Stabilization of quinapril by incorporating hydrogen bonding interactions.

Roy BN, Singh GP, Godbole HM, Nehate SP - Indian J Pharm Sci (2009)

Single Crystal X-ray Diffraction study of quinapril hydrochloride nitromethane solvate.(a). Packing diagram with hydrogen bonding interaction viewed down a-axis depicting the H-bonded layered network for the compound. (b) Close-up view depicting the hydrogen bonding interaction of chloride anion and lattice nitromethane molecule in the 21 screw related cleft (dotted blue line) by the quinapril monoanion by dimeric association. (c) ORTEP diagram with atom numbering scheme of the Quinapril hydrochloride along with lattice nitromethane molecule (30% probability factor for the thermal ellipsoids and only one position of the isotropic ethyl group of the ethyl acetate moiety is shown in the figure for clarity.)
© Copyright Policy - open-access
Related In: Results  -  Collection

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Show All Figures
getmorefigures.php?uid=PMC2865811&req=5

Figure 0004: Single Crystal X-ray Diffraction study of quinapril hydrochloride nitromethane solvate.(a). Packing diagram with hydrogen bonding interaction viewed down a-axis depicting the H-bonded layered network for the compound. (b) Close-up view depicting the hydrogen bonding interaction of chloride anion and lattice nitromethane molecule in the 21 screw related cleft (dotted blue line) by the quinapril monoanion by dimeric association. (c) ORTEP diagram with atom numbering scheme of the Quinapril hydrochloride along with lattice nitromethane molecule (30% probability factor for the thermal ellipsoids and only one position of the isotropic ethyl group of the ethyl acetate moiety is shown in the figure for clarity.)
Mentions: ORTEP diagram of the quinapril nitromethane solvate is depicted in fig. 4c. Details of crystallographic data are summarized in Table 4. In an attempt to understand the interactions of the chloride and lattice nitromethane molecule with the quinapril monoanion, we have analyzed the packing and hydrogen bonding interaction of the compound in detail. Packing diagram of the compound with various hydrogen bonding interactions viewed down the a-axis for the compound is shown in fig 4a. Pairs of the protonated quinapril molecules are oriented with the flexible tethered phenyl terminal in opposite direction along c-axis to make effective intermolecular N-H…O interaction from either end between the protonated amine and the carboxylic acid oxygen O1 [N(2)…O(1)= 2.820(7) Å, < N(2)-H(2A)…O(1)= 164°] generating a cleft down a-axis. These dimeric protonated quinapril molecules are set along b-axis generating a layered network with 21 screw related cavities arranged alternately. It is interesting to note that the chloride anion and the lattice nitromethane molecules via various hydrogen bonding interactions occupy these cavities. Close-up view depicting the encapsulation of the chloride ion and nitromethane molecule is shown in fig. 4c. Chloride anion is anchored inside the cavity by involvement of three hydrogen bonding interactions O-H…Cl between the carboxylic hydrogen H2, N-H…Cl with the protonated amine and C-H…Cl of the methylene hydrogen H2B of the six membered rings. The methyl hydrogen of the nitromethane present inside the cavity are involved in strong intermolecular C-H…O interaction (C(26)….O(3)= 3.514(8) Å < C(26)-H(26B)….O(3)= 171°) with the ketonic oxygen O3. In addition to the above interactions, weak intramolecular C-H…O contact exist between (i) ketonic oxygen O3 and the H12 attached to the asymmetric carbon and (ii) the acetate oxygen O4 with the H11 of the heterocyclic ring. Details of all these pertinent hydrogen-bonding interactions, along with symmetry code, are given in Table 6.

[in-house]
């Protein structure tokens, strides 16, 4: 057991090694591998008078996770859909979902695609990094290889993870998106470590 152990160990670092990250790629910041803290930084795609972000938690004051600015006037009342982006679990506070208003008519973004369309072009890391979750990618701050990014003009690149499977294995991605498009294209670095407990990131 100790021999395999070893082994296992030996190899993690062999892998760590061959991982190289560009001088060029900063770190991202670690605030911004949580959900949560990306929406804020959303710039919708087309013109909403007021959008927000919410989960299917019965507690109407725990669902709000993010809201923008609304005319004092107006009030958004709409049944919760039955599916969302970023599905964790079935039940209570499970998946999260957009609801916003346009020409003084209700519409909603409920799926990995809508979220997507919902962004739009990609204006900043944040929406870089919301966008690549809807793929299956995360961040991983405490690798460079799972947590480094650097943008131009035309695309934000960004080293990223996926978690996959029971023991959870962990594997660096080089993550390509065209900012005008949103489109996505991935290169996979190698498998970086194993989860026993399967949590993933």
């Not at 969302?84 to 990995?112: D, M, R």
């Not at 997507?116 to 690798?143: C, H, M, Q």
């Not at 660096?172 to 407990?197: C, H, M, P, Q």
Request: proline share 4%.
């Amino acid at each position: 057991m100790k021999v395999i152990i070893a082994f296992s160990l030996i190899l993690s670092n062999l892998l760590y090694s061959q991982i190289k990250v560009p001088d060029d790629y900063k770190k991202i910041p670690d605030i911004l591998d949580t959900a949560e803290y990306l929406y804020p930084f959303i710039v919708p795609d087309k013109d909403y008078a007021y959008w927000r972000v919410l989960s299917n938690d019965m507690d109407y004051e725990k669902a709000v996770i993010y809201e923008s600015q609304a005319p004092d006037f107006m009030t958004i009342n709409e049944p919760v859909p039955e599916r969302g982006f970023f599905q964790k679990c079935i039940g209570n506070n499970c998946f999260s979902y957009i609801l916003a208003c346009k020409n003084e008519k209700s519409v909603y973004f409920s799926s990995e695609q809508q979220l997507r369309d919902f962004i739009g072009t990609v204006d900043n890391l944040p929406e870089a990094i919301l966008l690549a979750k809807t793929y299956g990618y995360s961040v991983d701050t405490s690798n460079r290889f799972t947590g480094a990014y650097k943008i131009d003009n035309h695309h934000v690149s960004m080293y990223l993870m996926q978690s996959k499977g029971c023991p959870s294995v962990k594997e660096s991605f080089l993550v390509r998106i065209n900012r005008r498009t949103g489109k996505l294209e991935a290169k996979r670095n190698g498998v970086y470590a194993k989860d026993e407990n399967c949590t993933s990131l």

Bottom Line: In the present study stability of various known solvates of quinapril hydrochloride has been compared with nitromethane solvate.Nitromethane solvate was found to be more stable compared to other known solvates.Quinapril tris(hydroxymethyl)amino methane salt found to be stable even at 80 degrees for 72 h i.e. hardly any formation of diketopiperazine and diacid impurity.

View Article: PubMed Central - PubMed

Affiliation: Lupin Ltd. (Research Park), 46A, 47A - Nande Village, Mulshi Taluka, Pune-411 042, India.

ABSTRACT
In the present study stability of various known solvates of quinapril hydrochloride has been compared with nitromethane solvate. Nitromethane solvate was found to be more stable compared to other known solvates. Single crystal X-ray diffraction analysis of quinapril nitromethane solvate shows intermolecular hydrogen bonding between quinapril molecule and nitromethane. Stabilization of quinapril by forming strong hydrogen bonding network as in case of co-crystals was further studied by forming co-crystal with tris(hydroxymethyl)amino methane. Quinapril free base forms a stable salt with tris(hydroxymethyl)amino methane not reported earlier. Quinapril tris(hydroxymethyl)amino methane salt found to be stable even at 80 degrees for 72 h i.e. hardly any formation of diketopiperazine and diacid impurity. As expected single crystal X-ray diffraction analysis reveals tris(hydroxymethyl)amino methane salt of quinapril shows complex hydrogen bonding network between the two entities along with ionic bond. The properties of this stable salt - stable in solid as well as solution phase, might lead to an alternate highly stable formulation.

No MeSH data available.